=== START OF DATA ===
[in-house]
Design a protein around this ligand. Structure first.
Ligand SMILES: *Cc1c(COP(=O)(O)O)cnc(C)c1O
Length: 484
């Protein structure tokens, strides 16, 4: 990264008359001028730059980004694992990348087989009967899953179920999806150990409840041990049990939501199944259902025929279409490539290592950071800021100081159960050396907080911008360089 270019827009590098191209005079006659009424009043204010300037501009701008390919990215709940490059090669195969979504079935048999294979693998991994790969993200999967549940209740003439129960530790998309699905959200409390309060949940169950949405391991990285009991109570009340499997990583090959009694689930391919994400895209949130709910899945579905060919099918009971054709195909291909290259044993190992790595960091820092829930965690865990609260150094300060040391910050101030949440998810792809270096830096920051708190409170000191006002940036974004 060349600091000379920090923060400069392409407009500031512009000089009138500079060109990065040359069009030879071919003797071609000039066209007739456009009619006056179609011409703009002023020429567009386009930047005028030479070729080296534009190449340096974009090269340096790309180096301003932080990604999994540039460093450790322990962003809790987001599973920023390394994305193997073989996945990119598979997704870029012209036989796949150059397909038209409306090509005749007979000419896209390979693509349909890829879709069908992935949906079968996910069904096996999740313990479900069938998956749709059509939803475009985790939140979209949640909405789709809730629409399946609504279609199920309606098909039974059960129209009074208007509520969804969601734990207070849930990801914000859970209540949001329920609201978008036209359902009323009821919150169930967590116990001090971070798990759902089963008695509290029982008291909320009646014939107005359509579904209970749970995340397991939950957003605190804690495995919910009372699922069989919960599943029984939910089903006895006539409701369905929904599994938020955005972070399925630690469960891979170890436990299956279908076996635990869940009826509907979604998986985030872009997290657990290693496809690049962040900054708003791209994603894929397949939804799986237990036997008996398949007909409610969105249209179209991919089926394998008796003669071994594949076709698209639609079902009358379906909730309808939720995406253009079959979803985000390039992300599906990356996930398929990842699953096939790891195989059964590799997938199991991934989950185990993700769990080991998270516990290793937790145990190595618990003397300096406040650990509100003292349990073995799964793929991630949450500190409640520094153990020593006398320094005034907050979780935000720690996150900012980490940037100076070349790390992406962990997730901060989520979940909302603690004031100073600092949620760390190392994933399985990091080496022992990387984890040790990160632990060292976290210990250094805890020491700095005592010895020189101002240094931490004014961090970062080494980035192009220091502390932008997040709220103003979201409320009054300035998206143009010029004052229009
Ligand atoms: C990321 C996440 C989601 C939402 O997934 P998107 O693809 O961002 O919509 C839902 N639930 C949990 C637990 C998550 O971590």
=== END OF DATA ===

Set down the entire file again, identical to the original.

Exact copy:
[in-house]
Design a protein around this ligand. Structure first.
Ligand SMILES: *Cc1c(COP(=O)(O)O)cnc(C)c1O
Length: 484
């Protein structure tokens, strides 16, 4: 990264008359001028730059980004694992990348087989009967899953179920999806150990409840041990049990939501199944259902025929279409490539290592950071800021100081159960050396907080911008360089 270019827009590098191209005079006659009424009043204010300037501009701008390919990215709940490059090669195969979504079935048999294979693998991994790969993200999967549940209740003439129960530790998309699905959200409390309060949940169950949405391991990285009991109570009340499997990583090959009694689930391919994400895209949130709910899945579905060919099918009971054709195909291909290259044993190992790595960091820092829930965690865990609260150094300060040391910050101030949440998810792809270096830096920051708190409170000191006002940036974004 060349600091000379920090923060400069392409407009500031512009000089009138500079060109990065040359069009030879071919003797071609000039066209007739456009009619006056179609011409703009002023020429567009386009930047005028030479070729080296534009190449340096974009090269340096790309180096301003932080990604999994540039460093450790322990962003809790987001599973920023390394994305193997073989996945990119598979997704870029012209036989796949150059397909038209409306090509005749007979000419896209390979693509349909890829879709069908992935949906079968996910069904096996999740313990479900069938998956749709059509939803475009985790939140979209949640909405789709809730629409399946609504279609199920309606098909039974059960129209009074208007509520969804969601734990207070849930990801914000859970209540949001329920609201978008036209359902009323009821919150169930967590116990001090971070798990759902089963008695509290029982008291909320009646014939107005359509579904209970749970995340397991939950957003605190804690495995919910009372699922069989919960599943029984939910089903006895006539409701369905929904599994938020955005972070399925630690469960891979170890436990299956279908076996635990869940009826509907979604998986985030872009997290657990290693496809690049962040900054708003791209994603894929397949939804799986237990036997008996398949007909409610969105249209179209991919089926394998008796003669071994594949076709698209639609079902009358379906909730309808939720995406253009079959979803985000390039992300599906990356996930398929990842699953096939790891195989059964590799997938199991991934989950185990993700769990080991998270516990290793937790145990190595618990003397300096406040650990509100003292349990073995799964793929991630949450500190409640520094153990020593006398320094005034907050979780935000720690996150900012980490940037100076070349790390992406962990997730901060989520979940909302603690004031100073600092949620760390190392994933399985990091080496022992990387984890040790990160632990060292976290210990250094805890020491700095005592010895020189101002240094931490004014961090970062080494980035192009220091502390932008997040709220103003979201409320009054300035998206143009010029004052229009
Ligand atoms: C990321 C996440 C989601 C939402 O997934 P998107 O693809 O961002 O919509 C839902 N639930 C949990 C637990 C998550 O971590």